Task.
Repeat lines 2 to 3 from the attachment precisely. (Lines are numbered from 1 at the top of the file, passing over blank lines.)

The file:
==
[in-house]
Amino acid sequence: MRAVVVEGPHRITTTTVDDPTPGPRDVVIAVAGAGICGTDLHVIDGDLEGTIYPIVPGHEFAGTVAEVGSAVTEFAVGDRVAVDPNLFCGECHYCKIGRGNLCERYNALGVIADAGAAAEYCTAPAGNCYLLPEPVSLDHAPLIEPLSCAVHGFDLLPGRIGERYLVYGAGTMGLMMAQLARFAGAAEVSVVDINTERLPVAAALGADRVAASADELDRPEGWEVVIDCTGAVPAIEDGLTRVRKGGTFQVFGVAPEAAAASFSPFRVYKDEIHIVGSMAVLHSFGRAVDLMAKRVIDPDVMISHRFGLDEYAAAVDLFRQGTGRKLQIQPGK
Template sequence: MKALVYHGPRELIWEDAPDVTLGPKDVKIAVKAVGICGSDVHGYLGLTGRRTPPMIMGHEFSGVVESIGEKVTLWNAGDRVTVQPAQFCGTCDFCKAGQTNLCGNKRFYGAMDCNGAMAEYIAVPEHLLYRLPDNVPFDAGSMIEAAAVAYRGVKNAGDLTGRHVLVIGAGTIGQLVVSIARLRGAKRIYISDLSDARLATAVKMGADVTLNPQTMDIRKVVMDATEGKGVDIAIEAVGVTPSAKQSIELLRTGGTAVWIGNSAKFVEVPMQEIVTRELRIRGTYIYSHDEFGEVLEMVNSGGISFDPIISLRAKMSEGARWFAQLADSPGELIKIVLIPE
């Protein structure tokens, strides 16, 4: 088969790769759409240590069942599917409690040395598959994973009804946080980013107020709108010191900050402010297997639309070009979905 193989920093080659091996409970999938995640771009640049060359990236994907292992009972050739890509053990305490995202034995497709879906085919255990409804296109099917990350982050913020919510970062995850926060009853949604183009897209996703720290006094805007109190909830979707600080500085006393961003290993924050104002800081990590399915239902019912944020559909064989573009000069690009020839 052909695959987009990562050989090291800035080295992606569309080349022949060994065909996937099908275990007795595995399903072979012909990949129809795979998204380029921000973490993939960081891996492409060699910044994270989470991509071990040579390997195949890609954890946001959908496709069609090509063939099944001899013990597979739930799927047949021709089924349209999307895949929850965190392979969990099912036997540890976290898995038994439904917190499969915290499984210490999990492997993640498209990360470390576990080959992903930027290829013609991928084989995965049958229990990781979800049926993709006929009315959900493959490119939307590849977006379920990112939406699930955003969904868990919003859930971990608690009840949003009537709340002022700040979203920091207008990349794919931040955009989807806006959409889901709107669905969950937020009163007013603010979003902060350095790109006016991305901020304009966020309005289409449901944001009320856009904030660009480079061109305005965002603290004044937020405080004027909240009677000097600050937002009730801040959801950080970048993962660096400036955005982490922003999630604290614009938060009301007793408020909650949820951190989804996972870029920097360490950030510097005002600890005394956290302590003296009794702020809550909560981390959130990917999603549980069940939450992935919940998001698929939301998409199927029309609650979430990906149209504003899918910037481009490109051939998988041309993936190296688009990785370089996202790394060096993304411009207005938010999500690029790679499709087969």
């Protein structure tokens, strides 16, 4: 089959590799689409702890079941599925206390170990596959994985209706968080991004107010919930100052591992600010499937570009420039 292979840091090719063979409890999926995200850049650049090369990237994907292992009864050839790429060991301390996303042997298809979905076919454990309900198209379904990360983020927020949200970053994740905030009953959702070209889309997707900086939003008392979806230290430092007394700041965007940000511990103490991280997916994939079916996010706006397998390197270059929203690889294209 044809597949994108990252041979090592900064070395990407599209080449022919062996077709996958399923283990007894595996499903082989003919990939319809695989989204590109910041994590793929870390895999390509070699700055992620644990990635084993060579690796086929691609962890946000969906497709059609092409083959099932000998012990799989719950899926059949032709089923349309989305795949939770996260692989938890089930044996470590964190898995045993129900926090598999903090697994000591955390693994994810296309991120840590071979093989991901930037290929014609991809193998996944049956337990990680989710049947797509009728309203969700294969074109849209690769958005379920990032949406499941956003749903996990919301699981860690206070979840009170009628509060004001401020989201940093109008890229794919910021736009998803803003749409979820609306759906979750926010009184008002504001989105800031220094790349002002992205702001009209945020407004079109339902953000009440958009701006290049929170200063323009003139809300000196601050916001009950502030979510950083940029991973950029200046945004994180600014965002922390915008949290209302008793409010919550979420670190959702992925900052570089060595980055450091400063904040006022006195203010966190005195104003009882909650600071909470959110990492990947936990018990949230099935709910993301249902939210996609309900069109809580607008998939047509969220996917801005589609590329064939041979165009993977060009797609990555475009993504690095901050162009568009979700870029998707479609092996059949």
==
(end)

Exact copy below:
Amino acid sequence: MRAVVVEGPHRITTTTVDDPTPGPRDVVIAVAGAGICGTDLHVIDGDLEGTIYPIVPGHEFAGTVAEVGSAVTEFAVGDRVAVDPNLFCGECHYCKIGRGNLCERYNALGVIADAGAAAEYCTAPAGNCYLLPEPVSLDHAPLIEPLSCAVHGFDLLPGRIGERYLVYGAGTMGLMMAQLARFAGAAEVSVVDINTERLPVAAALGADRVAASADELDRPEGWEVVIDCTGAVPAIEDGLTRVRKGGTFQVFGVAPEAAAASFSPFRVYKDEIHIVGSMAVLHSFGRAVDLMAKRVIDPDVMISHRFGLDEYAAAVDLFRQGTGRKLQIQPGK
Template sequence: MKALVYHGPRELIWEDAPDVTLGPKDVKIAVKAVGICGSDVHGYLGLTGRRTPPMIMGHEFSGVVESIGEKVTLWNAGDRVTVQPAQFCGTCDFCKAGQTNLCGNKRFYGAMDCNGAMAEYIAVPEHLLYRLPDNVPFDAGSMIEAAAVAYRGVKNAGDLTGRHVLVIGAGTIGQLVVSIARLRGAKRIYISDLSDARLATAVKMGADVTLNPQTMDIRKVVMDATEGKGVDIAIEAVGVTPSAKQSIELLRTGGTAVWIGNSAKFVEVPMQEIVTRELRIRGTYIYSHDEFGEVLEMVNSGGISFDPIISLRAKMSEGARWFAQLADSPGELIKIVLIPE